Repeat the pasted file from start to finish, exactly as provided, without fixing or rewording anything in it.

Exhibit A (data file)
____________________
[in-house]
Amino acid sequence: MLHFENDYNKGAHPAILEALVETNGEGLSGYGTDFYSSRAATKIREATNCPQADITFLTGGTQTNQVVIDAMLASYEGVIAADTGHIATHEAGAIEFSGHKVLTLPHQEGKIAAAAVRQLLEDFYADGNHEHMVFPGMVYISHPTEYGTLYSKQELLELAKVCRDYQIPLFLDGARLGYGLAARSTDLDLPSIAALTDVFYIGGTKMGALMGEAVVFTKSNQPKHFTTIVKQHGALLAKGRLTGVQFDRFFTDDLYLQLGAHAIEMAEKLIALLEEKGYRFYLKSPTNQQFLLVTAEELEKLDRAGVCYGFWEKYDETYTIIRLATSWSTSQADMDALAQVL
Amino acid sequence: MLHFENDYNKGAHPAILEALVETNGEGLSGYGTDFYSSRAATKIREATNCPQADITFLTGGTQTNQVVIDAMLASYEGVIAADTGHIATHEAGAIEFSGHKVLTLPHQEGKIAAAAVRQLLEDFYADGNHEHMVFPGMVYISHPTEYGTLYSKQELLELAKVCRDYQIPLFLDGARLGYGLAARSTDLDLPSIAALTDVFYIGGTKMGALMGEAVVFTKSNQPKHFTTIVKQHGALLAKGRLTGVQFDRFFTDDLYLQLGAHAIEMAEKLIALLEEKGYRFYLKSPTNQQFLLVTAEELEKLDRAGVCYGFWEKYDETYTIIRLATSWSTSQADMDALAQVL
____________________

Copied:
[in-house]
Amino acid sequence: MLHFENDYNKGAHPAILEALVETNGEGLSGYGTDFYSSRAATKIREATNCPQADITFLTGGTQTNQVVIDAMLASYEGVIAADTGHIATHEAGAIEFSGHKVLTLPHQEGKIAAAAVRQLLEDFYADGNHEHMVFPGMVYISHPTEYGTLYSKQELLELAKVCRDYQIPLFLDGARLGYGLAARSTDLDLPSIAALTDVFYIGGTKMGALMGEAVVFTKSNQPKHFTTIVKQHGALLAKGRLTGVQFDRFFTDDLYLQLGAHAIEMAEKLIALLEEKGYRFYLKSPTNQQFLLVTAEELEKLDRAGVCYGFWEKYDETYTIIRLATSWSTSQADMDALAQVL
Amino acid sequence: MLHFENDYNKGAHPAILEALVETNGEGLSGYGTDFYSSRAATKIREATNCPQADITFLTGGTQTNQVVIDAMLASYEGVIAADTGHIATHEAGAIEFSGHKVLTLPHQEGKIAAAAVRQLLEDFYADGNHEHMVFPGMVYISHPTEYGTLYSKQELLELAKVCRDYQIPLFLDGARLGYGLAARSTDLDLPSIAALTDVFYIGGTKMGALMGEAVVFTKSNQPKHFTTIVKQHGALLAKGRLTGVQFDRFFTDDLYLQLGAHAIEMAEKLIALLEEKGYRFYLKSPTNQQFLLVTAEELEKLDRAGVCYGFWEKYDETYTIIRLATSWSTSQADMDALAQVL